If you need to miss a class, test, quiz, exam, etc. because of a specific religious or spiritual observance you must tell your instructor within the first two weeks of the class or, for a final examination, within two weeks of the posting of the examination schedule.
The course outline will list your assignments, quizzes, and test dates. If you need to make such a request, please familiarize yourself with Senate Policy 150 Accommodation of Student Religious, Aboriginal and Spiritual Observance and see Essential Policy Highlights.
The Accommodation of Student Religious, Aboriginal and Spiritual Observance form is available on the Senate website. The Selected Religious Observance Calendar is updated annually.
- PDF fileSenate Office: Academic Consideration Document Submission Form (pdf)
- PDF fileSenate Office: Religious, Aboriginal and Spiritual Observance Form (pdf)
- PDF filePolicy 150: Accommodation of Student Religious, Aboriginal and Spiritual Observance (pdf)
- Human Rights Services: Religious & Cultural Observances Calendar
If you believe an assignment, test or exam, either in whole or part, has not been appropriately graded, or a grade has been miscalculated because of an omission or an improper addition, you must contact the instructor to resolve the issue within ten (10) working days of the date when the graded work is returned to the class.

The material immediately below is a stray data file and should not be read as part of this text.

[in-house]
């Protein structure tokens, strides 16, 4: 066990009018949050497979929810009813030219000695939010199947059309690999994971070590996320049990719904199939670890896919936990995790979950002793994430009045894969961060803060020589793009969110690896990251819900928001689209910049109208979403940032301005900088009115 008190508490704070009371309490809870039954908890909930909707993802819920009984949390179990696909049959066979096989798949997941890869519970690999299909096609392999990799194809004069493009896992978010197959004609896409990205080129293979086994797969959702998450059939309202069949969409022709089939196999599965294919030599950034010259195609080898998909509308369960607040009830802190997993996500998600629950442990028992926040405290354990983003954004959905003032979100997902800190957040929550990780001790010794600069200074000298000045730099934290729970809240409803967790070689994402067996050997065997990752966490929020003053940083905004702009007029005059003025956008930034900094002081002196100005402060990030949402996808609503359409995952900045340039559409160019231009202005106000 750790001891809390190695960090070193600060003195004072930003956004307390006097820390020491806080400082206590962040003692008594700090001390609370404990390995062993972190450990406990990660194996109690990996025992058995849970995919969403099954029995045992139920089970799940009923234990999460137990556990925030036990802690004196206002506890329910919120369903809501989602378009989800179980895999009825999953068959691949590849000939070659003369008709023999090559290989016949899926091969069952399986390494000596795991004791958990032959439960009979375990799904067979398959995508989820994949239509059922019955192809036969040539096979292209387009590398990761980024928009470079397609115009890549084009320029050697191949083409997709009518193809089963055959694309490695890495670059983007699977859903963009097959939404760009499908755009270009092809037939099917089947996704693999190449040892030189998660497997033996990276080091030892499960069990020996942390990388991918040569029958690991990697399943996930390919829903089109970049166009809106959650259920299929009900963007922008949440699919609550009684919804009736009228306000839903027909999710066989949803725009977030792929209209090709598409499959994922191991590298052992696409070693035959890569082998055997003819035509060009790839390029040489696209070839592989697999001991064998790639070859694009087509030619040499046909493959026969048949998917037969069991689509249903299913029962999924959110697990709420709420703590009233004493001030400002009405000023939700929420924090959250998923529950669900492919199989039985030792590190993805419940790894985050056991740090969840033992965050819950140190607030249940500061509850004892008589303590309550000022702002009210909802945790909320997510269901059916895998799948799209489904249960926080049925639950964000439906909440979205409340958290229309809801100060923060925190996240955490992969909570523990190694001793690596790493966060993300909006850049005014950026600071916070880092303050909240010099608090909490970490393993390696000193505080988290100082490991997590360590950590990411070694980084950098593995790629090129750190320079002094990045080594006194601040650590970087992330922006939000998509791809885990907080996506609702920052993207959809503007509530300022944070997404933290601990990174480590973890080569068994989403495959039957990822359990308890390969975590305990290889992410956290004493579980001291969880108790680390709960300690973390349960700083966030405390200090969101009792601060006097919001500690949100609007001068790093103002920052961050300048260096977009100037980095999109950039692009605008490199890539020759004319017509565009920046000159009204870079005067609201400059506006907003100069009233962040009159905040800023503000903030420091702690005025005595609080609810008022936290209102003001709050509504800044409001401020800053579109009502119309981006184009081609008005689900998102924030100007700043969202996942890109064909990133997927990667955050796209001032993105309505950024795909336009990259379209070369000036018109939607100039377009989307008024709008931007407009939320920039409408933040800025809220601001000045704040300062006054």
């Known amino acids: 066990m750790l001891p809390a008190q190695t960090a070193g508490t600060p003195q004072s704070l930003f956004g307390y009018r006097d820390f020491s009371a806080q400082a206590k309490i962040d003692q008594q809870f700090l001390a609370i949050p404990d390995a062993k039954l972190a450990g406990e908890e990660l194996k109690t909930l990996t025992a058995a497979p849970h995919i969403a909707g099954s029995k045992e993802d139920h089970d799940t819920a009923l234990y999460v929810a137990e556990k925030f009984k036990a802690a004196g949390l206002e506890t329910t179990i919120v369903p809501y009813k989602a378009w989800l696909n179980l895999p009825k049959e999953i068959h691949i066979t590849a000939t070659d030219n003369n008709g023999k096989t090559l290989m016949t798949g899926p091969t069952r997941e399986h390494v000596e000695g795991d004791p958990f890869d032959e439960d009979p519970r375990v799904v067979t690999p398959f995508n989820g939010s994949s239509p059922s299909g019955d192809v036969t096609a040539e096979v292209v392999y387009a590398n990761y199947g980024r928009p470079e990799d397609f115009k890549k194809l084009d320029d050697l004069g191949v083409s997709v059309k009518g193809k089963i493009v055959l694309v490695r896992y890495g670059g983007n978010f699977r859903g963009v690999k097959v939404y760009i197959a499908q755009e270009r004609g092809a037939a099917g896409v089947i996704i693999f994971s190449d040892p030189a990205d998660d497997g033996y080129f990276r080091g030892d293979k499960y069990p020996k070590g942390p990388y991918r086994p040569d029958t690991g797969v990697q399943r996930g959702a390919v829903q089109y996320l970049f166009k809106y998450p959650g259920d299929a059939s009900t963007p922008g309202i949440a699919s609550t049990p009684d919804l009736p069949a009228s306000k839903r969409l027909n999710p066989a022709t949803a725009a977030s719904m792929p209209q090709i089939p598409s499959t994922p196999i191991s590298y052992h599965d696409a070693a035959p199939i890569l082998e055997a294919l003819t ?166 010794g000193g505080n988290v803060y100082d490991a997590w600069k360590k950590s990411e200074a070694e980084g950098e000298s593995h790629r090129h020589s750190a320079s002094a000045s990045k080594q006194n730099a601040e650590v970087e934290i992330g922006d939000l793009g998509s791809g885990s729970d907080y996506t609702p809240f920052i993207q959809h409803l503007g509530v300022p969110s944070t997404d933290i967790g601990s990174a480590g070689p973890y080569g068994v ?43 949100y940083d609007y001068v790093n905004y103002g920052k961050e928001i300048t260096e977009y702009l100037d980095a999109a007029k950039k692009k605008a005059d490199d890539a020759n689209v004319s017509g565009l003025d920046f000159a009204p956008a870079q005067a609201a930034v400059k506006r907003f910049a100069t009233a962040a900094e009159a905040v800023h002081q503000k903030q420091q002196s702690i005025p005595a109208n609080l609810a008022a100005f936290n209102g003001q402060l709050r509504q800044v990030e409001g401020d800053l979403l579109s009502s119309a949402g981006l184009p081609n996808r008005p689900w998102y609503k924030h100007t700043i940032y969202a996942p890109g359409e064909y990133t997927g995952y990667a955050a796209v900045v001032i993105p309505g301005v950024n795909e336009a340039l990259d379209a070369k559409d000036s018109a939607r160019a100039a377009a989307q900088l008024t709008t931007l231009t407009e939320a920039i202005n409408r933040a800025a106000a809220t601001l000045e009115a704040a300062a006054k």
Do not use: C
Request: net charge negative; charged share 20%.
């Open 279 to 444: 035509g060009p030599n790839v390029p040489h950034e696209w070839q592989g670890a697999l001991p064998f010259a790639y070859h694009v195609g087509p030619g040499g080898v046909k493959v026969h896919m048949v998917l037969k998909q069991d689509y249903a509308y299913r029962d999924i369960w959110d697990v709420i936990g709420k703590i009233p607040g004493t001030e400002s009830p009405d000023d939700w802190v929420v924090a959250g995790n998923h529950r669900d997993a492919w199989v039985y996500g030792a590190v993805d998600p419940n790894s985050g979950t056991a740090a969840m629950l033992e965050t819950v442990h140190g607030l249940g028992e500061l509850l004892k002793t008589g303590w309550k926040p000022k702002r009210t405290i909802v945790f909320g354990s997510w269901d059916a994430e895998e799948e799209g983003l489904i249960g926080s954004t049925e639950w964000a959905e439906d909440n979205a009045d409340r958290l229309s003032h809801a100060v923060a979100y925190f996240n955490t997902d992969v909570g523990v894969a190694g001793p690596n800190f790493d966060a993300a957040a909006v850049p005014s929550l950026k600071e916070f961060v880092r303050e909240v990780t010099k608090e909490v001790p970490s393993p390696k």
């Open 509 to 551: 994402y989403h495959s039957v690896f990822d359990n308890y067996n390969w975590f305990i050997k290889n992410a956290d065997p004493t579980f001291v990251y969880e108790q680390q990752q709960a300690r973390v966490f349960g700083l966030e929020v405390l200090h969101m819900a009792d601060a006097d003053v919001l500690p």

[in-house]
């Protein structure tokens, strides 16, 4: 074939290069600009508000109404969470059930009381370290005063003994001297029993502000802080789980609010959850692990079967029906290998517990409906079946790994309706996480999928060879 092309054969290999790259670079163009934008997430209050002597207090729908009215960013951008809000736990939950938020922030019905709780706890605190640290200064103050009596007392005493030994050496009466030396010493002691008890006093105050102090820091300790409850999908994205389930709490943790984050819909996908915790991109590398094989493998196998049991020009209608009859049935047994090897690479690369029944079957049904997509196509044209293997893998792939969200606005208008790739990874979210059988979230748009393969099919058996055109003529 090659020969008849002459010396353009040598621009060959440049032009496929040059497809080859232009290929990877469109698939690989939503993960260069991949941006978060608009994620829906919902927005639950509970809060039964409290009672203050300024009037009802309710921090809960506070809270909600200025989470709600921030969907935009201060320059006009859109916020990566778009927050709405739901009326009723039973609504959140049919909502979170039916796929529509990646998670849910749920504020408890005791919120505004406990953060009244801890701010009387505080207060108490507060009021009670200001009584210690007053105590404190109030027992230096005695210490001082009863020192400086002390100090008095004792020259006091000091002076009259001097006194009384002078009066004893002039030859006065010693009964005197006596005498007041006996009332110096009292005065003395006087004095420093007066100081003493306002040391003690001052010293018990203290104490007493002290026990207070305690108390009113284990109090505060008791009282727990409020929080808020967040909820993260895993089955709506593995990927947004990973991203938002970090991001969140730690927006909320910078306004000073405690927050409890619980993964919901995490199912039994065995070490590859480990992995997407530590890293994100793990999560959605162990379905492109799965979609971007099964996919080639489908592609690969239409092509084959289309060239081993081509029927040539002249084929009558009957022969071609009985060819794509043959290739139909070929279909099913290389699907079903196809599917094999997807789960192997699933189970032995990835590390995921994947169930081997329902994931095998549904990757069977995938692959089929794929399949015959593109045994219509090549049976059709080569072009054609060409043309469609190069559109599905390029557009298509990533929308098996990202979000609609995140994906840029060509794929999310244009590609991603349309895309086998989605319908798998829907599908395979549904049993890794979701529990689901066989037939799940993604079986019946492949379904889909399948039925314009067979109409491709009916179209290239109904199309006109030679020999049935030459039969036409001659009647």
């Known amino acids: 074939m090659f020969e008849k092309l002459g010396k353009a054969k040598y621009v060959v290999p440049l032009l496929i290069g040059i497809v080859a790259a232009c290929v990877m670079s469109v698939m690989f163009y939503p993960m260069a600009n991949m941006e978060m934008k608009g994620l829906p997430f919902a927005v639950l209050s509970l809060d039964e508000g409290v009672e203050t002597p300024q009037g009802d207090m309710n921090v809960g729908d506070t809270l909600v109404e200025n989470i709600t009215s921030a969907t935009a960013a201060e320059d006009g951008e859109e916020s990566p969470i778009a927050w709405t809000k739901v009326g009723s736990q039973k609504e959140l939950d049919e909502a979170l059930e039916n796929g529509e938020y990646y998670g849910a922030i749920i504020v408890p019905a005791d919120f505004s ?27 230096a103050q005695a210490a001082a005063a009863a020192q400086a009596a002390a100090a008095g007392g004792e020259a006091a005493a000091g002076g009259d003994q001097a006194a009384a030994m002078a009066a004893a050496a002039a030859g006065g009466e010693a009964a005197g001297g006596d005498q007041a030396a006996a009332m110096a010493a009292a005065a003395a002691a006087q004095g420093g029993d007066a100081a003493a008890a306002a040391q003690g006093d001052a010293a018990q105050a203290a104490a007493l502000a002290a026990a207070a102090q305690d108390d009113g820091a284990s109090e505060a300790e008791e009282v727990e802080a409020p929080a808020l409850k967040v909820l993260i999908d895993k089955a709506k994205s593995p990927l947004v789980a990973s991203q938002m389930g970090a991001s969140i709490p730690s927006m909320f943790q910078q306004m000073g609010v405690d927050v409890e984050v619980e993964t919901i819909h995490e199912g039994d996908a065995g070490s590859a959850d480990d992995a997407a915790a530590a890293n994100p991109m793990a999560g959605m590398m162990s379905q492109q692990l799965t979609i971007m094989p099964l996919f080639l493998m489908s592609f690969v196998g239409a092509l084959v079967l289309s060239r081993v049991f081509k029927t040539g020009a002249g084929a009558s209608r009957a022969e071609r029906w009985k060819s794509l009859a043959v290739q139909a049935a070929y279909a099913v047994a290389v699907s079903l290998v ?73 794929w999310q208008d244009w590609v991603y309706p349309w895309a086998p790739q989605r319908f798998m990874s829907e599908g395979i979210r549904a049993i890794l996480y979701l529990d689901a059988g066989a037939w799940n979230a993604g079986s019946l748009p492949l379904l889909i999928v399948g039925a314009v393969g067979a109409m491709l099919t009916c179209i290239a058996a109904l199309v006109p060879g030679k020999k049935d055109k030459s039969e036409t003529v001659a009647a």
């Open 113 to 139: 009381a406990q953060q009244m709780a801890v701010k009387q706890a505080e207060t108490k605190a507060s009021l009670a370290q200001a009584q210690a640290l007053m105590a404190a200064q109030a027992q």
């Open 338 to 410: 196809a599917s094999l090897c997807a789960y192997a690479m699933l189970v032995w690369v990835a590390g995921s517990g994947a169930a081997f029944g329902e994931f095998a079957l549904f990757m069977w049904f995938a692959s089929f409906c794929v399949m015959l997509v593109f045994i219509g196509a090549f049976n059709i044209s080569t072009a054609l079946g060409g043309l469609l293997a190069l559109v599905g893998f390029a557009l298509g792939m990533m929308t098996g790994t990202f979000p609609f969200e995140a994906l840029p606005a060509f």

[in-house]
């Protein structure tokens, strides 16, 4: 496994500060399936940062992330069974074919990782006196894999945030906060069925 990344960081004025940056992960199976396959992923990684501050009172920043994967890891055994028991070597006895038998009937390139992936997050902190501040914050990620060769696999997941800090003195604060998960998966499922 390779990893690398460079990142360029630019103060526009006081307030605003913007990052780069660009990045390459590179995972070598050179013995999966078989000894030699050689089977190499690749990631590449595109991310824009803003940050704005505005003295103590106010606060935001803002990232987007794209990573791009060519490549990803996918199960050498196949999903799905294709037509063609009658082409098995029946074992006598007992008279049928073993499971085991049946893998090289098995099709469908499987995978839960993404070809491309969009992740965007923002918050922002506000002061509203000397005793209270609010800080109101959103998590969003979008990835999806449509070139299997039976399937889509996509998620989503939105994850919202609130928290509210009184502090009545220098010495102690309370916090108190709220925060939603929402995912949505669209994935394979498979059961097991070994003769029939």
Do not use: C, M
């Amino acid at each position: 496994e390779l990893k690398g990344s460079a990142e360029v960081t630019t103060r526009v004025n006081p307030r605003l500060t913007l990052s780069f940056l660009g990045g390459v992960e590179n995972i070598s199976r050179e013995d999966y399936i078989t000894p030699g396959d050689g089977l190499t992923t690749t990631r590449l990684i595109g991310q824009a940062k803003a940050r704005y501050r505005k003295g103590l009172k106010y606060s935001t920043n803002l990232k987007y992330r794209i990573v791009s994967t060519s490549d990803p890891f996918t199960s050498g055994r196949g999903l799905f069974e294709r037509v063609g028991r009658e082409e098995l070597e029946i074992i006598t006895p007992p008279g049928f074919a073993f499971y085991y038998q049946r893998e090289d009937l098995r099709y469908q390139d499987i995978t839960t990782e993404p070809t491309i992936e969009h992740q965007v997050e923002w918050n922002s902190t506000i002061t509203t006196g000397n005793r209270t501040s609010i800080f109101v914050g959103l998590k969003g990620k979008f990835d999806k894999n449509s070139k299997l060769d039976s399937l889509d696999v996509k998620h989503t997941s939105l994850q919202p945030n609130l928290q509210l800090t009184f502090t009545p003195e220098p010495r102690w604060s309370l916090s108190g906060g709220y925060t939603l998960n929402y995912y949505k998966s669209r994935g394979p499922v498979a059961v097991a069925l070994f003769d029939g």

This is a time-sensitive process. Grades not questioned within this period will not be recalculated at a later date. See Senate Policy 134 Undergraduate Academic Consideration and Appeals for information and instructions. Also see Essential Policy Highlights.
As a student you use copyrighted materials all the time. Copyrighted material contained in textbooks, posted course readings, handouts, multimedia material and library books are a central part of your learning experience here at Ryerson University.
Canada’s Copyright Act has a copyright exception called “fair dealing” that gives you the right to copy short excerpts (up to 10% of a work or one chapter) for certain purposes (such as private study and research). Please respect these limits.
- PDF filePolicy 60: Academic Integrity (pdf), opens in new window
- PDF filePolicy 61: Student Code of Non-academic Conduct (pdf), opens in new window
- PDF filePolicy 134: Undergraduate Academic Consideration and Appeals (pdf), opens in new window
- PDF filePolicy 150: Accommodation of Student Religious, Aboriginal and Spiritual Observance (pdf), opens in new window